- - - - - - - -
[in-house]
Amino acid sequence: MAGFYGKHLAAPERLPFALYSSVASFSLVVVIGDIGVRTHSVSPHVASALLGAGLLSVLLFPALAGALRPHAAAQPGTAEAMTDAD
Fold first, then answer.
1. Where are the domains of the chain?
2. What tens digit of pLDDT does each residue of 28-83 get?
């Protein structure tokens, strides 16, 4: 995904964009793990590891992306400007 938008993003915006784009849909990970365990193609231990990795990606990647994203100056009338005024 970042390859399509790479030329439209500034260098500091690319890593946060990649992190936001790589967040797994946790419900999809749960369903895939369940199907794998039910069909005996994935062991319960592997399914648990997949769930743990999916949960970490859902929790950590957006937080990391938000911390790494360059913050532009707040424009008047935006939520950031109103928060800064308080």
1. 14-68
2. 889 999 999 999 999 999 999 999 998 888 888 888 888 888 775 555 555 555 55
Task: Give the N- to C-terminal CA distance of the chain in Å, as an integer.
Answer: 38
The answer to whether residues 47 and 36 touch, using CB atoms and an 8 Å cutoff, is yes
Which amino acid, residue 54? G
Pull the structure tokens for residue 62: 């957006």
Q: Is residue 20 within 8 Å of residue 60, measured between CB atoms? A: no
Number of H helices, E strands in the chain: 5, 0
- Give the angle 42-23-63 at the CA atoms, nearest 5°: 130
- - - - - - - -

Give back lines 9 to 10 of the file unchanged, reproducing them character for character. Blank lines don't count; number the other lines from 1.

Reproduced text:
Task: Give the N- to C-terminal CA distance of the chain in Å, as an integer.
Answer: 38